Earlier today, the Supreme Court finally answered the question of whether a trademark licensee is protected when the trademark owner/licensor files a bankruptcy petition and rejects the trademark license in accordance with section 365 of the Bankruptcy Code. To cut to the chase, trademark licensees won.
In its 8-1 decision in Mission Product Holdings, Inc. v. Tempnology LLC, Justice Kagan, writing for the Court, held that rejection of a trademark license did not result in the trademark licensee losing its rights under the license. Instead, citing to section 365(g) of the Bankruptcy Code and the Seventh Circuit’s decision in Sunbeam Prods. v. Chicago Am. Mfg., LLC, 686 F.3d 372 (2012), the Supreme Court held that rejection of the trademark license constitutes only a breach of the license and not a rescission or termination of the license. And, while a debtor who breaches a trademark license (through rejection) can stop performing under that license, the debtor cannot rescind the license already conveyed and the licensee can continue to do what the license authorizes.
In its ruling, the Supreme Court rejected the so-called “negative inference” drawn by a majority of bankruptcy courts that the omission of trademarks from the definition of “intellectual property” in the Bankruptcy Code meant that trademark licenses once rejected are terminated. Further, the Supreme Court found no support in section 365 to create a “special rule” for trademarks given the existing need for a trademark owner to monitor and exercise quality control over the goods and services sold under a license.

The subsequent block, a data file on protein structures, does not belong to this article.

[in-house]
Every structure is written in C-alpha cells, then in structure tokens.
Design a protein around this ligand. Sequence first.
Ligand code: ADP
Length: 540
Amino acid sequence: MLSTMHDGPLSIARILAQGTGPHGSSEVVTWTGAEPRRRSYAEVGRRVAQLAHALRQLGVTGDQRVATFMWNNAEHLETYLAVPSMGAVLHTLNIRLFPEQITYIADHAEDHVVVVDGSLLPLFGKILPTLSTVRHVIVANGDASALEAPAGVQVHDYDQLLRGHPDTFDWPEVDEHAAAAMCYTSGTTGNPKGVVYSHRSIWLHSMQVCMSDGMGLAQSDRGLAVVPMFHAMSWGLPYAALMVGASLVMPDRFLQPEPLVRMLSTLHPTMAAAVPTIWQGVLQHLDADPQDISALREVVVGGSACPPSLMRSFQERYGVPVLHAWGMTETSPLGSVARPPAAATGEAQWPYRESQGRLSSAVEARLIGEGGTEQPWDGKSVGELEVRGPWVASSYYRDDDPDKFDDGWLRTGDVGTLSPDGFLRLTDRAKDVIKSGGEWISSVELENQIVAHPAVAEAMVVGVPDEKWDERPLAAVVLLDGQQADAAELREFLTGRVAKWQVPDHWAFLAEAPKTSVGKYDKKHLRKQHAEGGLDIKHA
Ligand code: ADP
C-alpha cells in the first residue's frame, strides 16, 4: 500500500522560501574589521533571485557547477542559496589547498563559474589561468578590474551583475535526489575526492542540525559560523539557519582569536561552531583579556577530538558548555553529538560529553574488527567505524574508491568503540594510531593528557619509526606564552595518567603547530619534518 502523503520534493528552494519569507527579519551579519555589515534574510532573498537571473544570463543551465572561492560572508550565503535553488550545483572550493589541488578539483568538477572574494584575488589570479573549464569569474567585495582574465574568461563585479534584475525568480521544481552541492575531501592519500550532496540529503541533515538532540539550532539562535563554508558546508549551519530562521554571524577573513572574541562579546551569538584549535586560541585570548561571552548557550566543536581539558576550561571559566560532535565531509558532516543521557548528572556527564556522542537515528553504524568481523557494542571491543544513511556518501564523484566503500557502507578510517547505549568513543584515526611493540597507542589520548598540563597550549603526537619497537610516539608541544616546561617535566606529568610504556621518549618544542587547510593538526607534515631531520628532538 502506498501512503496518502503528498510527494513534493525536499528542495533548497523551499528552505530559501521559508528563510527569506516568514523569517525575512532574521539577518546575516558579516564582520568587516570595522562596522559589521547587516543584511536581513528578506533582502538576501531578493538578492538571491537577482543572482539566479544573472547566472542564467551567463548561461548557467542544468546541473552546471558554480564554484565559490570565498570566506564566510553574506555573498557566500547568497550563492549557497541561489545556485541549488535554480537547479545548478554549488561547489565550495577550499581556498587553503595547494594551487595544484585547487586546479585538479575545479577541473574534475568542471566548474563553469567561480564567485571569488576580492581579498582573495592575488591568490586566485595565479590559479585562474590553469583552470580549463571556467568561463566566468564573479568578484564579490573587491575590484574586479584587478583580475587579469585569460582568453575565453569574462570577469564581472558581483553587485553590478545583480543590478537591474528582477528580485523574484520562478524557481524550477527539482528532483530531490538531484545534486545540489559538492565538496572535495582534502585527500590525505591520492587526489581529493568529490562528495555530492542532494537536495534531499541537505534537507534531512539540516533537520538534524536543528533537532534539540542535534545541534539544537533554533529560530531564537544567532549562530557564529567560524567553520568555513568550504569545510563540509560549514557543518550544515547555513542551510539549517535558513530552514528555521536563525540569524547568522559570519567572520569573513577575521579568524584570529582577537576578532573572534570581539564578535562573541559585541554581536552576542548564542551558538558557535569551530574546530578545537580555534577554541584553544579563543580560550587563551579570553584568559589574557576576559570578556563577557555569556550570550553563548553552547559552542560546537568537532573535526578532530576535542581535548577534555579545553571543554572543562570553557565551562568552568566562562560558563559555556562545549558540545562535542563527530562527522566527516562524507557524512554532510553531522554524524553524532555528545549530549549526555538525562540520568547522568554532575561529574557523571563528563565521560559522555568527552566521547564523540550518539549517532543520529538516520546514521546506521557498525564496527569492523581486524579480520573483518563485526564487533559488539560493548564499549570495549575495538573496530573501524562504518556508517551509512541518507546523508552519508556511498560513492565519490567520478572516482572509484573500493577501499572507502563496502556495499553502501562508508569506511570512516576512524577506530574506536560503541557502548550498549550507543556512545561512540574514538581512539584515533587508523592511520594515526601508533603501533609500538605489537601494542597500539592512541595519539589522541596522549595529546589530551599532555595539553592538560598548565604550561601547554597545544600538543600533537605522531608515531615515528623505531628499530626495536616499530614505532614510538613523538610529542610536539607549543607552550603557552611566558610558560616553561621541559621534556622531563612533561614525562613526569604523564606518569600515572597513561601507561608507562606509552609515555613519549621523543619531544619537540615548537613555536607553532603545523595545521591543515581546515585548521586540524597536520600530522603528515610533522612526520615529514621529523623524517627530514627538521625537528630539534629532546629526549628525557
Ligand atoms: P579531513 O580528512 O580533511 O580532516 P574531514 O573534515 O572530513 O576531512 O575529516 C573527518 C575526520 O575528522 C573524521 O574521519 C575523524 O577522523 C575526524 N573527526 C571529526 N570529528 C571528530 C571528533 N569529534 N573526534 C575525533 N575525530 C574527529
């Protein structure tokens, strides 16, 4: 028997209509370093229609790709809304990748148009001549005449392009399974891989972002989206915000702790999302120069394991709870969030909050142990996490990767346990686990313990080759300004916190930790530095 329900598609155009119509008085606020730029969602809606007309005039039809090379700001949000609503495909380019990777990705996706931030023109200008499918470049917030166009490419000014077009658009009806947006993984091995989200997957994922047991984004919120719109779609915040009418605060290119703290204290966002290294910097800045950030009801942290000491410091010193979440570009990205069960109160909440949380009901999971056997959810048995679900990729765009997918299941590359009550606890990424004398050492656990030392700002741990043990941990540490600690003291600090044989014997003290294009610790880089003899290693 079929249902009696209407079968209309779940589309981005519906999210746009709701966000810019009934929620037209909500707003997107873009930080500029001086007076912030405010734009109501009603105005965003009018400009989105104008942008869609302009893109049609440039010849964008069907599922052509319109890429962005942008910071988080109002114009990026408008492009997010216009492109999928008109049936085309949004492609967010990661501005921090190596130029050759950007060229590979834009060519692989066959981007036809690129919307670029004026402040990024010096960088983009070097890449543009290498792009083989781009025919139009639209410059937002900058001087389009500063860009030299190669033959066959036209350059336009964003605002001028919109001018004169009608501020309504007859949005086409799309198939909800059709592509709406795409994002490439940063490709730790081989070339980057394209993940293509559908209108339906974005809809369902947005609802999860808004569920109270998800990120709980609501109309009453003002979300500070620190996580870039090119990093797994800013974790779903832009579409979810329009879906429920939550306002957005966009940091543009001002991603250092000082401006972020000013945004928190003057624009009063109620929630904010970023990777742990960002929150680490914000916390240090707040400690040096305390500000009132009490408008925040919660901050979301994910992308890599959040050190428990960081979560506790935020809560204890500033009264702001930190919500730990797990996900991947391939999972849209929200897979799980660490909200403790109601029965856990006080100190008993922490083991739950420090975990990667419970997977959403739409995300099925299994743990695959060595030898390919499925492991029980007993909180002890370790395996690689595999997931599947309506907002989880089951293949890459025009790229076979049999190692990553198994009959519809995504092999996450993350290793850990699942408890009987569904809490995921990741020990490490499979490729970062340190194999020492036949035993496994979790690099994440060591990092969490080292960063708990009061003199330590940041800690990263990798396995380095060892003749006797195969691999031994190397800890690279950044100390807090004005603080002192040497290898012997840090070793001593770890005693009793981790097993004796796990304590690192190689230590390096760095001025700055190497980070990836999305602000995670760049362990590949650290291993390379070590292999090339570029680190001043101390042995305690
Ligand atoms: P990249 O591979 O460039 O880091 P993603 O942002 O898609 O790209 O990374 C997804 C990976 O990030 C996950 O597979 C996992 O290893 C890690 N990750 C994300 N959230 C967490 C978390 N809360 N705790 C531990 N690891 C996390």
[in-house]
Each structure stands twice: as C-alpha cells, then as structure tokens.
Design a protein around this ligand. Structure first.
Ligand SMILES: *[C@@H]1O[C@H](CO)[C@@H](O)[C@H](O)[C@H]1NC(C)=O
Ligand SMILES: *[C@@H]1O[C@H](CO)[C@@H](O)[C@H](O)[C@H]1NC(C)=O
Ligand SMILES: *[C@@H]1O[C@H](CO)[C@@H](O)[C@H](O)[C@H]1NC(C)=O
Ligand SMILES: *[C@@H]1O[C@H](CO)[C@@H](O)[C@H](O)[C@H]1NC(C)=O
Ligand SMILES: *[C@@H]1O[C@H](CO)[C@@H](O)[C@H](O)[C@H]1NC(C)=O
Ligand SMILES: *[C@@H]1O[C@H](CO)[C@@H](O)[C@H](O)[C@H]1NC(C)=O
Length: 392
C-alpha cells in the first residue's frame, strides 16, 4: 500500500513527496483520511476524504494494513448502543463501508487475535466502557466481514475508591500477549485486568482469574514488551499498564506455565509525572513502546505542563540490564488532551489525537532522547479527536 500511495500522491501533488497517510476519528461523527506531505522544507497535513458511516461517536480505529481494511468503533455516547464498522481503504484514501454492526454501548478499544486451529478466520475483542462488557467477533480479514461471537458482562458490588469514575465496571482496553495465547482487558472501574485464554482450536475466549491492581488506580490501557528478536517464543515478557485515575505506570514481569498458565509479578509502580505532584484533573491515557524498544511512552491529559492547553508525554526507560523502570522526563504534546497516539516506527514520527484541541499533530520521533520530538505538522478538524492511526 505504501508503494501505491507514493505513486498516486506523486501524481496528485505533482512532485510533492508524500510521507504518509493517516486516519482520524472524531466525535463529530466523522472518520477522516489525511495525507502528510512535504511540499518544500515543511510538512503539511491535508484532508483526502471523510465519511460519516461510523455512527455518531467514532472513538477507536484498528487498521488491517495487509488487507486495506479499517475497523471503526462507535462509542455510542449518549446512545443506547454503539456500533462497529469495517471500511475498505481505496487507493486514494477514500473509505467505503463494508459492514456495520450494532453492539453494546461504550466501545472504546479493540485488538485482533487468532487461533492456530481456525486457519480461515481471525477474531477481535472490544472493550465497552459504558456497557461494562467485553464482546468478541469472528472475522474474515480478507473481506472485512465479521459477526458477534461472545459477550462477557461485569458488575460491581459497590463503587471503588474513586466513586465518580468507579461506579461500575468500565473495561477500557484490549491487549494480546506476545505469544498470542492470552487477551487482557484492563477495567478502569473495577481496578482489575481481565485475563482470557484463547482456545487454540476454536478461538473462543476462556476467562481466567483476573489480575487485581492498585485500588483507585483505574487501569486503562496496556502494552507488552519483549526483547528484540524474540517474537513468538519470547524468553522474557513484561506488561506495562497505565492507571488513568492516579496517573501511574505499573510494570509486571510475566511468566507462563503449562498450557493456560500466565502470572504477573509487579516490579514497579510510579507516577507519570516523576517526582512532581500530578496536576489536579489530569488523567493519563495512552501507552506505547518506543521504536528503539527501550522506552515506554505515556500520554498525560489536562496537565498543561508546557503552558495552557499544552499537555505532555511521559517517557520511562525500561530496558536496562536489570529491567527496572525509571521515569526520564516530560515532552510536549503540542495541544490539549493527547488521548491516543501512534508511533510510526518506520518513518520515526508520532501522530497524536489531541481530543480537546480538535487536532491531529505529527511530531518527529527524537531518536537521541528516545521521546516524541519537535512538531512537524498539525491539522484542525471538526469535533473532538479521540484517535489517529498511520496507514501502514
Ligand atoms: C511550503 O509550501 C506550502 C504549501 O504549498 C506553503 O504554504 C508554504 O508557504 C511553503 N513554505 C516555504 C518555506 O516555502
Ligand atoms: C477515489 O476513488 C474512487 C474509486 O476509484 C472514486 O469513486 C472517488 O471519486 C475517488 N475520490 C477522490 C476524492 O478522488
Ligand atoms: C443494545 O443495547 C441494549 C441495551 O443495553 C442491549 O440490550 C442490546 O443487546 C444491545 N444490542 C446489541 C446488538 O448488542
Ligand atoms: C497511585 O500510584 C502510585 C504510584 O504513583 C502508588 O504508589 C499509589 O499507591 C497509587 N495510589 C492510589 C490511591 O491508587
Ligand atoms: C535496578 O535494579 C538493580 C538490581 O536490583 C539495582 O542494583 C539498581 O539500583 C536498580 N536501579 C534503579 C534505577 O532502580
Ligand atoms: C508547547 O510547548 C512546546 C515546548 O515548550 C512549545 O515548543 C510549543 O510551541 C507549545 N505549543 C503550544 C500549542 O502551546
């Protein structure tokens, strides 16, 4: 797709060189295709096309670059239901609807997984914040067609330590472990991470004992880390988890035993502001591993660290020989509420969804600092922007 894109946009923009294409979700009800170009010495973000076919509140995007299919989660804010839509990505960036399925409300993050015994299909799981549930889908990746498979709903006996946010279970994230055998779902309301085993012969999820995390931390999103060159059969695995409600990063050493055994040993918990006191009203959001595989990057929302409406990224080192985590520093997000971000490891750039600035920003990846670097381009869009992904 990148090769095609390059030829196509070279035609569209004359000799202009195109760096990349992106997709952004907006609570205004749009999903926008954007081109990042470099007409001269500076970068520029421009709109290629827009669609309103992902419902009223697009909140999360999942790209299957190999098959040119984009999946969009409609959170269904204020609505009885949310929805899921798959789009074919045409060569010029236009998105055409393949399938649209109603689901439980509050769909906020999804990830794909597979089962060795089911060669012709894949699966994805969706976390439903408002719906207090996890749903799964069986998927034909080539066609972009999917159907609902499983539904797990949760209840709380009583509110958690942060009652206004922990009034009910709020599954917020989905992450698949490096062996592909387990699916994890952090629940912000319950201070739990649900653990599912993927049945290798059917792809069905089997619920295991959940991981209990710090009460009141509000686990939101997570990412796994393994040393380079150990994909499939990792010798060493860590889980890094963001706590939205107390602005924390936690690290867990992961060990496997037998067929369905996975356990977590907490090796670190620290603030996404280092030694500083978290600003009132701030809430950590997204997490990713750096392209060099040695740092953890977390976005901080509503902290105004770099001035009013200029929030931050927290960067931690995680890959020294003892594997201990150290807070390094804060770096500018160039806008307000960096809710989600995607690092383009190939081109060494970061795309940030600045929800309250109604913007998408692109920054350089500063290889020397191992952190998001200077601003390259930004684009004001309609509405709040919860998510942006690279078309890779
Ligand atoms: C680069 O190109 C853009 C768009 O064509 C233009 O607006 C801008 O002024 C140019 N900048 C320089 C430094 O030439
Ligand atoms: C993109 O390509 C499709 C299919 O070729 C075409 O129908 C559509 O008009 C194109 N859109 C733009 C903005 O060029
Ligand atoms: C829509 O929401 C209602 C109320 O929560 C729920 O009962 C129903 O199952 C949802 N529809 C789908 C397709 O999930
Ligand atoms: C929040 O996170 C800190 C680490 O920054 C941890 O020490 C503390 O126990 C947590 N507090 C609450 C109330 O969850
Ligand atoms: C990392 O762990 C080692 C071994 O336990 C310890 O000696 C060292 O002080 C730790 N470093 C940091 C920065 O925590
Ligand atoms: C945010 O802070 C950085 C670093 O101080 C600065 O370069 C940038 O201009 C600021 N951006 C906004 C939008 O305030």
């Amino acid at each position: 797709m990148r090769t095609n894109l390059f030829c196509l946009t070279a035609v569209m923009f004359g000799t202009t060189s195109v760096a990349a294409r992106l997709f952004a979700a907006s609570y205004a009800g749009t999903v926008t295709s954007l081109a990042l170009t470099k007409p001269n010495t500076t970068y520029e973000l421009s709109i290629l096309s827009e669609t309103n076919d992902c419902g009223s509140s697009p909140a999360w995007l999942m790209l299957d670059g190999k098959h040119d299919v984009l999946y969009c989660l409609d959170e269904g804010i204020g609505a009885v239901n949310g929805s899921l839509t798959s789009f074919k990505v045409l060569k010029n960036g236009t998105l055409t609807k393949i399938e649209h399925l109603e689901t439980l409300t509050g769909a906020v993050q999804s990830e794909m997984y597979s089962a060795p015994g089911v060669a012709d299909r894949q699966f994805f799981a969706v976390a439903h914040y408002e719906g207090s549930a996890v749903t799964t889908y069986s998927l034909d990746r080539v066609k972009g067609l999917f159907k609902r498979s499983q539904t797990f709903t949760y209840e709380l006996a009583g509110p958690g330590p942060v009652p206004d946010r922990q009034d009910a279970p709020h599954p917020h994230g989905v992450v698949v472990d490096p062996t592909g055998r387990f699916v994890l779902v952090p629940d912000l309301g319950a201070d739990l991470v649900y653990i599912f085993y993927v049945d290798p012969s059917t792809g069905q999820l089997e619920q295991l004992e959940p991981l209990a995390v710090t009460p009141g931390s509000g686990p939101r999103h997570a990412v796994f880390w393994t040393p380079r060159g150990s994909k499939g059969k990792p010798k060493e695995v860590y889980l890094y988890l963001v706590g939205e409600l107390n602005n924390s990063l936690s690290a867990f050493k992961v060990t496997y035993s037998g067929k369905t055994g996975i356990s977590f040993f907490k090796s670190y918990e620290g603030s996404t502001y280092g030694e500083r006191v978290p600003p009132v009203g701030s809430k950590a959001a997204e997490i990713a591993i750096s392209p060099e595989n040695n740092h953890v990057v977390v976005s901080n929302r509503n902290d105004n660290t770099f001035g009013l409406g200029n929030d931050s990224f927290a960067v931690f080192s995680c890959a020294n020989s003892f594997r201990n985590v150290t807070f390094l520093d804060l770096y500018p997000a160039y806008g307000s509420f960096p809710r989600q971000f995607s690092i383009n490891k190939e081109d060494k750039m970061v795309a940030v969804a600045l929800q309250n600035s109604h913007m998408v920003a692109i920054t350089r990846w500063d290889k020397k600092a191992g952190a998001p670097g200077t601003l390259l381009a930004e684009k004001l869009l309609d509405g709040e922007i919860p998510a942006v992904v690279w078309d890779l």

In her concurring opinion, Justice Sotomayor wrote that the Supreme Court’s holding did not decide that each and every trademark licensee now has the “unfettered right” to continue using licensed marks post-rejection since the issue before the Court was only whether rejection terminates the rights of a licensee that would survive a licensor’s breach under nonbankruptcy law. Further, Justice Sotomayor highlighted the obligations imposed by section 365(n) on intellectual property licensees post-rejection (e.g., the obligation to continue to pay post-rejection royalties if they want to keep using the licensed intellectual property) and she opened the door to Congress to tailor similar post-rejection provisions for trademark licensees.
The importance of Mission Product cannot be overstated. While prior to today the post-rejection rights of trademark licensees were questionable and largely dependent upon where the bankruptcy case was filed, today’s holding makes clear that rejection of a trademark license does not rescind the license. Instead, the trademark licensee, post-rejection, has the same rights they would have had outside of bankruptcy had the licensor breached the license. But, as Justice Sotomayor wrote, Congress may now need to come in and provide further clarity on the post-rejection obligations of a trademark licensee.